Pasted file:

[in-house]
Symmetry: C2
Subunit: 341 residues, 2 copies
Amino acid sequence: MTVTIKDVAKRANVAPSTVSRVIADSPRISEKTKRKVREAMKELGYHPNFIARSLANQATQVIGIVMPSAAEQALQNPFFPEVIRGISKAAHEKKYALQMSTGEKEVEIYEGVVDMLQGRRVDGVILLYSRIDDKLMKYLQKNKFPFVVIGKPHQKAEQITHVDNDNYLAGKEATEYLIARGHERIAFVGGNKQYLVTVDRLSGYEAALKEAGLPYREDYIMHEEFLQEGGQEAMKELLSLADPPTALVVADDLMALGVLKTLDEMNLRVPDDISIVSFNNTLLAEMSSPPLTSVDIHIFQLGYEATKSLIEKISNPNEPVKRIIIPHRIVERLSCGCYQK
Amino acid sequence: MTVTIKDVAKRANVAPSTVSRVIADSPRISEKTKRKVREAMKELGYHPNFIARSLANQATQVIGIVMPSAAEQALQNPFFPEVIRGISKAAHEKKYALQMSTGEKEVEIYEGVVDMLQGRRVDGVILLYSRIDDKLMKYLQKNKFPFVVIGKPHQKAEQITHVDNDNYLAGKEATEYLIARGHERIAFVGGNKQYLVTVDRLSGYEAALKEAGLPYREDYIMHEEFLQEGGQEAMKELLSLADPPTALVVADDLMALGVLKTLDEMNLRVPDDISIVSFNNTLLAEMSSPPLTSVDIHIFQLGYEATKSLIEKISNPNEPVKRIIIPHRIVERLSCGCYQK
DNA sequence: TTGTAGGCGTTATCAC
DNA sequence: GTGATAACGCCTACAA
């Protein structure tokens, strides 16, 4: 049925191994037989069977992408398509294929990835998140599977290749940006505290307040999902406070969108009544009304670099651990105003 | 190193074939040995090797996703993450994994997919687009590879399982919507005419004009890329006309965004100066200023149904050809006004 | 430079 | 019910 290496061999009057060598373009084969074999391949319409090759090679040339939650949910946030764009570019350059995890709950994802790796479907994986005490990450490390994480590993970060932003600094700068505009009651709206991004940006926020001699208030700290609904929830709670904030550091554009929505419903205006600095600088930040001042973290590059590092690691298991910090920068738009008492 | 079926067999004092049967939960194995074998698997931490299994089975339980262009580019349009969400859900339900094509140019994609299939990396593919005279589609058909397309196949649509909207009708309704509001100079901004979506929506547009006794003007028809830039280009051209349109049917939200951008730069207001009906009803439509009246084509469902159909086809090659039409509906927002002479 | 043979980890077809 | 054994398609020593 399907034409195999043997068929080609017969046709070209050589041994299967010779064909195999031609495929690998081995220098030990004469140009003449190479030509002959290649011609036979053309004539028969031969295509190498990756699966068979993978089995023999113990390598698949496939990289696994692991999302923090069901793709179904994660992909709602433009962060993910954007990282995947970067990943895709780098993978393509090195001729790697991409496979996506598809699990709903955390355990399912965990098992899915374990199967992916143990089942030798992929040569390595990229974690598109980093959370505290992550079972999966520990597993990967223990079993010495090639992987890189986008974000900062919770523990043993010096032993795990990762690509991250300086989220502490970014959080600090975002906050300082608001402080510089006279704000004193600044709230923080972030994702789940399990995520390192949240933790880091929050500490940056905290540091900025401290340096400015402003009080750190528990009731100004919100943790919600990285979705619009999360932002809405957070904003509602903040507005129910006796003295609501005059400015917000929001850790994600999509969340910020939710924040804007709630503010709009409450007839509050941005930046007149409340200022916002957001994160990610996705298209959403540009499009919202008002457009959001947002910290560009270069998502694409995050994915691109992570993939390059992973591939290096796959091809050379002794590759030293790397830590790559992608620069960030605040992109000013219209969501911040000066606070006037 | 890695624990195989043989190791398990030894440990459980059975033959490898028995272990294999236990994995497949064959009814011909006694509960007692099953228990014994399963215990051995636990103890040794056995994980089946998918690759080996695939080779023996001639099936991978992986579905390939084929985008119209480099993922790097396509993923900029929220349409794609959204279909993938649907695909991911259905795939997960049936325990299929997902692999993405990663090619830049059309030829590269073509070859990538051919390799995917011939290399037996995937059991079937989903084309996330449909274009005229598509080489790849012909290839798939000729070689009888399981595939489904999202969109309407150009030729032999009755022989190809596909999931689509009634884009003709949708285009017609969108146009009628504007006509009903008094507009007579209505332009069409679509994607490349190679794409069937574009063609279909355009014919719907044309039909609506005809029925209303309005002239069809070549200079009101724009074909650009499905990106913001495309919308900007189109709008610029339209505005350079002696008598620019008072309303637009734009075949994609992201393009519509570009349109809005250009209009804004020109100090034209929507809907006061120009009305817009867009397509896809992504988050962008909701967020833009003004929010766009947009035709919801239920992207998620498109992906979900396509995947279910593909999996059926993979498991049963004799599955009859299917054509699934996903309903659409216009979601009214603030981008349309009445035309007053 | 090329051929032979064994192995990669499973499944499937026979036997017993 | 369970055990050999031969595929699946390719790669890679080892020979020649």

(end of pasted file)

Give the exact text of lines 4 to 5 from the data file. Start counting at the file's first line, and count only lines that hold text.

Amino acid sequence: MTVTIKDVAKRANVAPSTVSRVIADSPRISEKTKRKVREAMKELGYHPNFIARSLANQATQVIGIVMPSAAEQALQNPFFPEVIRGISKAAHEKKYALQMSTGEKEVEIYEGVVDMLQGRRVDGVILLYSRIDDKLMKYLQKNKFPFVVIGKPHQKAEQITHVDNDNYLAGKEATEYLIARGHERIAFVGGNKQYLVTVDRLSGYEAALKEAGLPYREDYIMHEEFLQEGGQEAMKELLSLADPPTALVVADDLMALGVLKTLDEMNLRVPDDISIVSFNNTLLAEMSSPPLTSVDIHIFQLGYEATKSLIEKISNPNEPVKRIIIPHRIVERLSCGCYQK
Amino acid sequence: MTVTIKDVAKRANVAPSTVSRVIADSPRISEKTKRKVREAMKELGYHPNFIARSLANQATQVIGIVMPSAAEQALQNPFFPEVIRGISKAAHEKKYALQMSTGEKEVEIYEGVVDMLQGRRVDGVILLYSRIDDKLMKYLQKNKFPFVVIGKPHQKAEQITHVDNDNYLAGKEATEYLIARGHERIAFVGGNKQYLVTVDRLSGYEAALKEAGLPYREDYIMHEEFLQEGGQEAMKELLSLADPPTALVVADDLMALGVLKTLDEMNLRVPDDISIVSFNNTLLAEMSSPPLTSVDIHIFQLGYEATKSLIEKISNPNEPVKRIIIPHRIVERLSCGCYQK